Conservative MPs have reacted with fury after senior civil servant Sue Gray was appointed as Sir Keir Starmer’s chief of staff.
Allies of former prime minister Boris Johnson claim her move from the civil service to the Labour Party proves she was part of a plot to remove the ex-Tory leader.
On Thursday, it was reported that Gray would be leaving her job as second permanent secretary in the Cabinet Office for the top Labour role.
Gray led the investigation into the Downing Street partygate scandal which led to the resignations of several ministers before Johnson himself quit.
Published in May last year, her investigation detailed how officials drank so much they were sick, sang karaoke, became involved in altercations and abused security and cleaning staff.
She criticised “failures of leadership and judgment” in No 10 and said, “the senior leadership at the centre, both political and official, must bear responsibility”.
The civil servant is expected to await the decision of the Advisory Committee on Business Appointments (Acoba) before starting the new role.
Parliament’s anti-corruption watchdog can advise waiting periods before civil servants take on other jobs and the Prime Minister ultimately makes the final decision.
But Downing Street made clear that Rishi Sunak cannot block her from taking a job.
Those close to Johnson have said Gray’s appointment to the Labour Party discredits the partygate report.
Tory MP Jacob Rees-Mogg said the appointment “stinks” and called for an inquiry into her contacts with Labour.
Speaking on GB News, he said: “It is hard not to feel that she has been rewarded and offered a plum job for effectively destroying a prime minister and creating a coup.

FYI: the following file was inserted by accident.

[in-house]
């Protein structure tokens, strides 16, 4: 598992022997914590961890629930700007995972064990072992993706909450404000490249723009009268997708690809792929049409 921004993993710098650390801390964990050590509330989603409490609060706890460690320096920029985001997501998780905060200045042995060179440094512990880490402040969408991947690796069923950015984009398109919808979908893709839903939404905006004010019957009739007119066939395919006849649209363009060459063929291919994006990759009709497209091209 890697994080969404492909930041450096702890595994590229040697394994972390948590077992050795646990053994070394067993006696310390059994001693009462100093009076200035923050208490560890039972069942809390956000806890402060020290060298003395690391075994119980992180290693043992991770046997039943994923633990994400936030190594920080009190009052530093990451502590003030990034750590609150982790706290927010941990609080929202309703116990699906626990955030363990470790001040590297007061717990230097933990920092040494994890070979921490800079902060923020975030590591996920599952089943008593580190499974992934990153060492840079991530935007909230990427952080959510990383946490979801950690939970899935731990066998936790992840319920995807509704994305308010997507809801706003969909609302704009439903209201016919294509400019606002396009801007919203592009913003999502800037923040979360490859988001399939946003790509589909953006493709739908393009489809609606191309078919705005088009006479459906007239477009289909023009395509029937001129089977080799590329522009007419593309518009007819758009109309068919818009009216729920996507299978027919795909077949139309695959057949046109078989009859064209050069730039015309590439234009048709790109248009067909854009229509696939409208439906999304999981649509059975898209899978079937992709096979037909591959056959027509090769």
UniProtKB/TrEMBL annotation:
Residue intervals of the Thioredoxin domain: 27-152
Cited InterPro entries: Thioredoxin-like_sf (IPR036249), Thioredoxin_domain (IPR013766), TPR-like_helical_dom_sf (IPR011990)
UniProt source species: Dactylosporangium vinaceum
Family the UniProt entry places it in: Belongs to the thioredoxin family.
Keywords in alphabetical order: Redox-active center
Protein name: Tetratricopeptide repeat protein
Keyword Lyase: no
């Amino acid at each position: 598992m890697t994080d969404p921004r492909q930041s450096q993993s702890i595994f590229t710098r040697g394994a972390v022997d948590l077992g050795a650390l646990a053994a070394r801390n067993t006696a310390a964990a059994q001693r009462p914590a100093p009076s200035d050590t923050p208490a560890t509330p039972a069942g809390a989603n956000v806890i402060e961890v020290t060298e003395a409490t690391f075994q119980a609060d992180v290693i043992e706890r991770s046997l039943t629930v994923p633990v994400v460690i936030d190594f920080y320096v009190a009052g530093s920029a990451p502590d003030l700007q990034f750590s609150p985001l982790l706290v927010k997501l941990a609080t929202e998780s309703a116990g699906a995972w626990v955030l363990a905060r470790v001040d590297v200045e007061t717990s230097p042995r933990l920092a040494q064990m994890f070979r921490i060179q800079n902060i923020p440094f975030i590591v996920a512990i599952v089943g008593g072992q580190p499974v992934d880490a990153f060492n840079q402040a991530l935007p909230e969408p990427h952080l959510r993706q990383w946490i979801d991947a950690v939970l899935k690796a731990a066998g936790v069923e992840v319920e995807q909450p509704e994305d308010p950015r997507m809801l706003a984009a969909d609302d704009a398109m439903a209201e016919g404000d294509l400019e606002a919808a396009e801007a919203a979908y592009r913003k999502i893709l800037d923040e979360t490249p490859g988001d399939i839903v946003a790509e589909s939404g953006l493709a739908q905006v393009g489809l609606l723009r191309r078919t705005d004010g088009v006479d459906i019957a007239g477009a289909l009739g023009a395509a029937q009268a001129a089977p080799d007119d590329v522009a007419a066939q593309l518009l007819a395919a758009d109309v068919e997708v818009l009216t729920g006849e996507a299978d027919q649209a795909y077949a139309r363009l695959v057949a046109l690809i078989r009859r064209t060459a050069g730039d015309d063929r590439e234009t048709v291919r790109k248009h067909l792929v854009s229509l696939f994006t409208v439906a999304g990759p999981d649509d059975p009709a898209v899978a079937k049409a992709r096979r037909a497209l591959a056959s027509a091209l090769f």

“This appointment invalidates her partygate report and shows that there was a socialist cabal of Boris haters, who were delighted to remove him.”
Nadine Dorries, who served as Johnson’s culture secretary, described the Gray report as a “stitch-up” and said the reported move to Sir Keir’s office was “not surprising”.
Bassetlaw MP Brendan Clarke-Smith said he was “genuinely shocked”, and accused Sir Keir of having “scant regard for the public image of the civil service and the damage this will do”.
Labour denounced the Tory claims as “ludicrous”.
Shadow culture secretary Lucy Powell defended the departing senior civil servant as “impartial” and insisted she would not bring privileged official material with her.
Powell told Times Radio “that’s just a ludicrous claim by Boris Johnson”, and said it “stands in stark contrast” to his own defence of Gray’s impartiality during her investigation.
The Labour frontbencher argued the appointment was being used by Johnson in an attempt to “vindicate himself further” after he was ousted over a series of scandals.
Asked about Conservative concerns Gray could bring privileged material from Whitehall to Sir Keir’s office, Powell said: “Absolutely not. And, of course, there’s no suggestion whatsoever that Sue would reveal any of that information.”
A Cabinet Office spokesman said: “We are reviewing the circumstances under which she [Gray] resigned.”
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